Right-to-Work Constitutional Amendment Heads to Tennessee House Floor

by Tyler Arnold


A resolution to enshrine right-to-work protections in the Tennessee Constitution has advanced through the House committee process and is scheduled to be heard Monday on the House floor.

Tennessee already has right-to-work protections in law, which prevent a worker from being hired or fired based on choosing to join or not to join a union. Senate Joint Resolution 0648 would enshrine the protection in the constitution to make it more difficult to repeal in the future.

“It is unlawful for any person, corporation, association, or this state or its political subdivisions to deny or attempt to deny employment to any person by reason of the person’s membership in, affiliation with, resignation from, or refusal to join or affiliate with any labor union or employee organization,” the proposed amendment reads.

The resolution, which already passed the Senate in its current form, advanced through two House committees Thursday. It has widespread support among Republicans, who say it provides workers with more choice and incentivizes businesses to come to the state. It has opposition from Democrats, who say it weakens unions and diminishes worker protections.

If the amendment languages passes the House with a majority, Tennessee’s constitutional amendment process requires an identical resolution be passed in both chambers in 2021 by a two-thirds vote. If it receives the necessary votes, it then will go on the 2022 general ballot, in which voters decide with a majority vote whether to adopt the amendment.

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Tyler Arnold reports on Virginia and Tennessee for The Center Square. He previously worked for the Cause of Action Institute and has been published in Business Insider, USA TODAY College, National Review Online and the Washington Free Beacon.



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9 Thoughts to “Right-to-Work Constitutional Amendment Heads to Tennessee House Floor”

  1. 83ragtop50

    I resent the use of the word “enshrine”. Guaranteeing people the right to work without having to kowtow to union thugs is a fundamental freedom that has been trampled on for too many years.

  2. Cannoneer2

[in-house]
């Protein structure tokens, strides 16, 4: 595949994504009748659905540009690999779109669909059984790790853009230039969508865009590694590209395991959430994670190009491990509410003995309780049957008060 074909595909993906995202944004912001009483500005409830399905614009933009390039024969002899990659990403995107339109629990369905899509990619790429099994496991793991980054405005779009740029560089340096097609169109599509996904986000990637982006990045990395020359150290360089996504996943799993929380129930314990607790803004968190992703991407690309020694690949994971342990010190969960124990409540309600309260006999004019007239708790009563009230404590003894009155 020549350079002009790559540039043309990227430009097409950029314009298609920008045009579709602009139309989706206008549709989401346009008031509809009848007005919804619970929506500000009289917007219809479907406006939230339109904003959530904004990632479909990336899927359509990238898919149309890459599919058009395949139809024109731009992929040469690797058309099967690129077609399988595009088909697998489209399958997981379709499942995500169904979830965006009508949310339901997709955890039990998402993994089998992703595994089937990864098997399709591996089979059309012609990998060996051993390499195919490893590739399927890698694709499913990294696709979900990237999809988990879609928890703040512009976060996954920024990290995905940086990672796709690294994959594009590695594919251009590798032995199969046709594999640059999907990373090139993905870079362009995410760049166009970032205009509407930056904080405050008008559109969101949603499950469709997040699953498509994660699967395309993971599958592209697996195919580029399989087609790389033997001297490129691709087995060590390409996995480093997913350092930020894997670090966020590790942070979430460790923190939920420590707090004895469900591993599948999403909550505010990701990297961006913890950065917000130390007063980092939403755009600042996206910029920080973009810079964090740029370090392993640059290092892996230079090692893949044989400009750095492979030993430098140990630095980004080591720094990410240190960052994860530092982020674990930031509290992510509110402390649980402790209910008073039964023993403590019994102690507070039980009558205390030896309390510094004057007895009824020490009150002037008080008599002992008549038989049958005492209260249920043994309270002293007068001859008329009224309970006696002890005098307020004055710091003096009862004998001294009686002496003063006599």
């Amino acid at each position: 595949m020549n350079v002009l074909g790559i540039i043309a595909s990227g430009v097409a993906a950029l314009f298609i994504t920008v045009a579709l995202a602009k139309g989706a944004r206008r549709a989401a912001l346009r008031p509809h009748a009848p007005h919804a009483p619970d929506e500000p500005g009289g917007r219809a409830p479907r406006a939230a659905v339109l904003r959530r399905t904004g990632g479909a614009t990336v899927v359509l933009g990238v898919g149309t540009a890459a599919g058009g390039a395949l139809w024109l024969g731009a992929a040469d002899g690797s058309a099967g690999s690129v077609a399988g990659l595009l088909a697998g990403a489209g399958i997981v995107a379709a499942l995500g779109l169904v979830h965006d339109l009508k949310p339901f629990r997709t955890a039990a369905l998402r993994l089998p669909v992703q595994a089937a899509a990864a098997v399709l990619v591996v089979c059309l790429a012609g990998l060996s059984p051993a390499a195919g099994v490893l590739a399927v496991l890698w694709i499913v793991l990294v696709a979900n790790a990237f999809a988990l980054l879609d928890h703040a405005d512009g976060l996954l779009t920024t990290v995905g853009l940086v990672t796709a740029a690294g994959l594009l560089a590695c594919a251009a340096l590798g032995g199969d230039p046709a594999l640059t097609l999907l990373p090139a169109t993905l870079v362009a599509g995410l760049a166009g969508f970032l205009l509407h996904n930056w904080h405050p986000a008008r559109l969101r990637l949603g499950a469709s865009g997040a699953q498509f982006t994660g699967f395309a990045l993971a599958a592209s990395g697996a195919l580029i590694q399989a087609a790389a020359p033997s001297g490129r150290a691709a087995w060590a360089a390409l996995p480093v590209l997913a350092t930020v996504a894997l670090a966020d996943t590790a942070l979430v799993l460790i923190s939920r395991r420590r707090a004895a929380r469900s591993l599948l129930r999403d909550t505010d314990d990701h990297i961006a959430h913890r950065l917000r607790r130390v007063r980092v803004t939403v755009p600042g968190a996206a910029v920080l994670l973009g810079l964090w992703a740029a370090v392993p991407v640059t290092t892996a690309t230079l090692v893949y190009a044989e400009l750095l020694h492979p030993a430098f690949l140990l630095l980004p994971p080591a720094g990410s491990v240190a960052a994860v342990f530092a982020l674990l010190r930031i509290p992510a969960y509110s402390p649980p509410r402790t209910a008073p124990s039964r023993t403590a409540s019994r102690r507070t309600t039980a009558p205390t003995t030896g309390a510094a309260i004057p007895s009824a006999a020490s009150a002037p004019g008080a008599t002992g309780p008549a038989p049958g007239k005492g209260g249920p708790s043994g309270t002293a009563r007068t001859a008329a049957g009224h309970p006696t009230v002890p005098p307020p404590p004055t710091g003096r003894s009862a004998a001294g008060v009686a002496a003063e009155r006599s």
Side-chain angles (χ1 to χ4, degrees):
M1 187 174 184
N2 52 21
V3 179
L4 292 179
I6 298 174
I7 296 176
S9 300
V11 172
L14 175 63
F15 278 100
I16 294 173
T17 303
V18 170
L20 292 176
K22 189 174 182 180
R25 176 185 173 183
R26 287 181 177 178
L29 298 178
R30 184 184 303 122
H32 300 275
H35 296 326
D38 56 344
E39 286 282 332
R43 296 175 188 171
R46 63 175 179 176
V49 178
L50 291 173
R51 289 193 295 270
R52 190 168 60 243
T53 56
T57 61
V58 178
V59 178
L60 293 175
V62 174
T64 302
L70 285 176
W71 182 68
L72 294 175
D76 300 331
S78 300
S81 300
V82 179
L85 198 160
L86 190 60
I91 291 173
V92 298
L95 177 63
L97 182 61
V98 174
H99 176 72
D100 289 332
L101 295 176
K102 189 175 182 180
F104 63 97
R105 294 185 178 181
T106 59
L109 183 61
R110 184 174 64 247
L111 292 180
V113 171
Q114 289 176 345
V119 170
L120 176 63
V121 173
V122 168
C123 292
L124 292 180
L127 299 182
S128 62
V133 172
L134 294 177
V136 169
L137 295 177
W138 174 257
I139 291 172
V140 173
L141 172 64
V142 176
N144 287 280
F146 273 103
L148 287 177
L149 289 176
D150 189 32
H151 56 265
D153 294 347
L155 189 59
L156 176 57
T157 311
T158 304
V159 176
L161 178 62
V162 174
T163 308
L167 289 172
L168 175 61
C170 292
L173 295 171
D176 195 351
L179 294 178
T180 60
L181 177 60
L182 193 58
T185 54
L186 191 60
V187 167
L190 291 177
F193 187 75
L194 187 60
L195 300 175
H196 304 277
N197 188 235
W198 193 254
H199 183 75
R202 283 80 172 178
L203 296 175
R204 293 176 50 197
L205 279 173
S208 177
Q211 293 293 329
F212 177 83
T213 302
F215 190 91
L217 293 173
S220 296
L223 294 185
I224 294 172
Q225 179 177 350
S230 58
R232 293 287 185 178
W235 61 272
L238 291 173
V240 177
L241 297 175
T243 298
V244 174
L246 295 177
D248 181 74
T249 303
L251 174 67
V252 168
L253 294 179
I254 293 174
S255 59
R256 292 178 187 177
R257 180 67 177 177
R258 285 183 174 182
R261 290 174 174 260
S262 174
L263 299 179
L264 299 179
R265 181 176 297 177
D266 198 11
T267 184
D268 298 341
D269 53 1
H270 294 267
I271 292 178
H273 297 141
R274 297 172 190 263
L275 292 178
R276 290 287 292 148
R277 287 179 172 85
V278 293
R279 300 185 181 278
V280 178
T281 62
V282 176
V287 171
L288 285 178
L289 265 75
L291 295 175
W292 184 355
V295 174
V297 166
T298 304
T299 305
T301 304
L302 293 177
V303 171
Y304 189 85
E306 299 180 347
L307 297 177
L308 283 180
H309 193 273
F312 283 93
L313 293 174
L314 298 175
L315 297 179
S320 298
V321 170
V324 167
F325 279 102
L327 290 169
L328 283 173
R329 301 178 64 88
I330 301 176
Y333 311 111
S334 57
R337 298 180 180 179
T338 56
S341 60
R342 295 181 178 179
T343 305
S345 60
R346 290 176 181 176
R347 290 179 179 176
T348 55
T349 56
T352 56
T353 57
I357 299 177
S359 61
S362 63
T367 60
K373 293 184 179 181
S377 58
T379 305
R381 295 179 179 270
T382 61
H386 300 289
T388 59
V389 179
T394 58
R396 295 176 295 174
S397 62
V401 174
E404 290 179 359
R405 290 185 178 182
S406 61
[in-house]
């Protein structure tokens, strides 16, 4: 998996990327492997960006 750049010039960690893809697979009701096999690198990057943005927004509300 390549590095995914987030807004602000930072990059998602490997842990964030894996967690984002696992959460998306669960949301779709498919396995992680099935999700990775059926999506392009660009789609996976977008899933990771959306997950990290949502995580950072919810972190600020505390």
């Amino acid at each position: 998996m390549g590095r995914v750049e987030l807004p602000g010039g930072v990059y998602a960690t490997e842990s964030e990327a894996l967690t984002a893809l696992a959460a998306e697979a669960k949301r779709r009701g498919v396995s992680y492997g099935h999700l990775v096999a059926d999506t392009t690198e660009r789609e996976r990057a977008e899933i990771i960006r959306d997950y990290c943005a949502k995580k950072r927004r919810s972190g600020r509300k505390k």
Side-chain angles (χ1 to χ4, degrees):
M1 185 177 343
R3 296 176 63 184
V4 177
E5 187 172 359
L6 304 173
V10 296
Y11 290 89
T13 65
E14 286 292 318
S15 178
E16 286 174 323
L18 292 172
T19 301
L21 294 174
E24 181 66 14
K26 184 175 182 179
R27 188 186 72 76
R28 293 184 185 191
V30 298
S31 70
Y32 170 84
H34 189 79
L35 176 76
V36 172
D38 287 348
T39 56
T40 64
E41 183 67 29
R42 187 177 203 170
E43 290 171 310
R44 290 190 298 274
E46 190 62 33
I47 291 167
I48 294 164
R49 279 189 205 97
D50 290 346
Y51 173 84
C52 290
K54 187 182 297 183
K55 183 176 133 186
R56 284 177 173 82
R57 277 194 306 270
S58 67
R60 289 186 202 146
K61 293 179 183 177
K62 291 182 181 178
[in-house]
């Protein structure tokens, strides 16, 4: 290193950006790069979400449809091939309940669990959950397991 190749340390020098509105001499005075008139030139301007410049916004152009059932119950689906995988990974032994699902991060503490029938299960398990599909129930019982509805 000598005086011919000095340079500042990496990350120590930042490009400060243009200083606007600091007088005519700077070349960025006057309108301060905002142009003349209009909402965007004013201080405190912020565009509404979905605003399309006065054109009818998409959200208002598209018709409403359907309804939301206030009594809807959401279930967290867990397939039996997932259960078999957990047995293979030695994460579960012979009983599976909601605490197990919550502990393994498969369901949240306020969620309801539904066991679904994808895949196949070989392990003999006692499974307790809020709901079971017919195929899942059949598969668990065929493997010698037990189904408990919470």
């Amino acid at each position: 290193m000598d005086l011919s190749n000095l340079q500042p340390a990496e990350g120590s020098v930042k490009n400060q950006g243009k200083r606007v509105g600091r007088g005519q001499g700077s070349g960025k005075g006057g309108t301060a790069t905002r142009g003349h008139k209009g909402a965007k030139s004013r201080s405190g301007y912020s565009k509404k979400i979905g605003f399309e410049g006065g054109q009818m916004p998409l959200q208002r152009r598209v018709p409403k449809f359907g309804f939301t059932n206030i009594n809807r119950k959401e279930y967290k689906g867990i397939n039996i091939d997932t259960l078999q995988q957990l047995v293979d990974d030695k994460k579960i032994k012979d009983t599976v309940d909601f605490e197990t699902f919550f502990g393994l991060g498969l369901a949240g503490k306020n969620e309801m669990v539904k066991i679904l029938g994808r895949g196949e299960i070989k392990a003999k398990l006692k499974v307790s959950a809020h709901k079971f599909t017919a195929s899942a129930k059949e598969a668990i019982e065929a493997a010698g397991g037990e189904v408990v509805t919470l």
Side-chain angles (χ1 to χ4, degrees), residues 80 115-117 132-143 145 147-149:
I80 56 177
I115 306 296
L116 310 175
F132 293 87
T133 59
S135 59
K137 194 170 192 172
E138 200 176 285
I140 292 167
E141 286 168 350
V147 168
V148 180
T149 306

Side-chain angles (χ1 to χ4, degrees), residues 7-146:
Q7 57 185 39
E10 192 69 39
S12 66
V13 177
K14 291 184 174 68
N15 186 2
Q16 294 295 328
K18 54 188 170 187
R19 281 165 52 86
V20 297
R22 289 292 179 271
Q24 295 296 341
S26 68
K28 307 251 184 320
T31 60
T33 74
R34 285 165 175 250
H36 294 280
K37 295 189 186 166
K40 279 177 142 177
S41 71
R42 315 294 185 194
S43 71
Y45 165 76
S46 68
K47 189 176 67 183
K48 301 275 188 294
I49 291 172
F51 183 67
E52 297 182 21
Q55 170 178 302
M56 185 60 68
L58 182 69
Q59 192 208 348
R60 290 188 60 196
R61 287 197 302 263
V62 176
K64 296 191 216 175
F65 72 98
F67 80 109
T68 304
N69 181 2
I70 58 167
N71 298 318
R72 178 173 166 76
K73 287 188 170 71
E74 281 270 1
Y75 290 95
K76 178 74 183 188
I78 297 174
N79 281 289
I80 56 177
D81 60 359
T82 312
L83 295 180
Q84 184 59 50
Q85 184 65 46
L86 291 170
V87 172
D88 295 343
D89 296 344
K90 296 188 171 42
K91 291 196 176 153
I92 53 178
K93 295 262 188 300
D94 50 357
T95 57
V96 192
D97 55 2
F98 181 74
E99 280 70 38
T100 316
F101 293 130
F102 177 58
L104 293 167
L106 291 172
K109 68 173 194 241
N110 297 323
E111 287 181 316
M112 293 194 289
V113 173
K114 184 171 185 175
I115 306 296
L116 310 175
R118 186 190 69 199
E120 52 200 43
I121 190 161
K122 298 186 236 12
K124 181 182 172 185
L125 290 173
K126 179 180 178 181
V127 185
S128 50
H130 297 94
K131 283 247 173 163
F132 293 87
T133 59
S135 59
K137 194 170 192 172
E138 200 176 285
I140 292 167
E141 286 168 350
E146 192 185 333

Wonder if Kelsey submitted it just as his Chamber of Commerce handlers wrote it.

  3. William Delzell

    Tennessee is already a “right”-to-work-for-less state. What more do you right-wing clowns want? Such laws won’t prevent labor strife and unrest. Tennessee has had more than its share of confrontations between strikers and strike-breakers, and many of the strikes in this state actually SUCCEEDED despite your extreme-anti labor union prejudices. Case in point: the Coal Miners’ Rebellion of 1892 forced Tennessee to abolish convict-leasing. All your so-called right to work laws do is to increase tensions between management and labor.

    1. Caldwell Hancock

      Our right to work includes the right to work for more as well. Union membership, like sexual or religious preference, is just as objectionable, but more so because unions have the power to tax you, – they call it dues and have your employer take it out of your paycheck.

      1. William Delzell

        Right-wing law makers also have the power to tax us to death with REGRESSIVE sales taxes that make nutritious food and medicine unaffordable for low-income people. Company-controlled unions are worse than regular labor unions as company-unions are controlled by the very EMPLOYER that the workers have grievances against.

  4. Beatrice Shaw

    Union Brothers and Sisters unite and stop this insane use of taxpayer money to pass these racist, discriminating laws!!!

    1. Robert Marsh

      Sounds pretty rational to me. I’m all for it.

  5. John J.

    Ha! You have a right to work except if some elected or unelected bureaucrat claims that your work is “non-essential”!

    Unless this “Amendment” includes a provision to prevent future “emergencies” from being used as an excuse to steal or put on hold “Life, Liberty and the Pursuit of Happiness” it’s not worth the paper it’s printed on.

    1. Robert Marsh

      This is another issue the Legislature needs to address. For some Gov. to sit down and willy nilly choose who is essential and whos not and how many people can ride in a boat is absurd. Unless the Legislature passed a law on the matter any edicts from the Gov are just suggestions to me. No fine or jail time if you decide you want to cut hair if you are a Barber and your customers are OK with it.

      In other words butt the heck out of our business.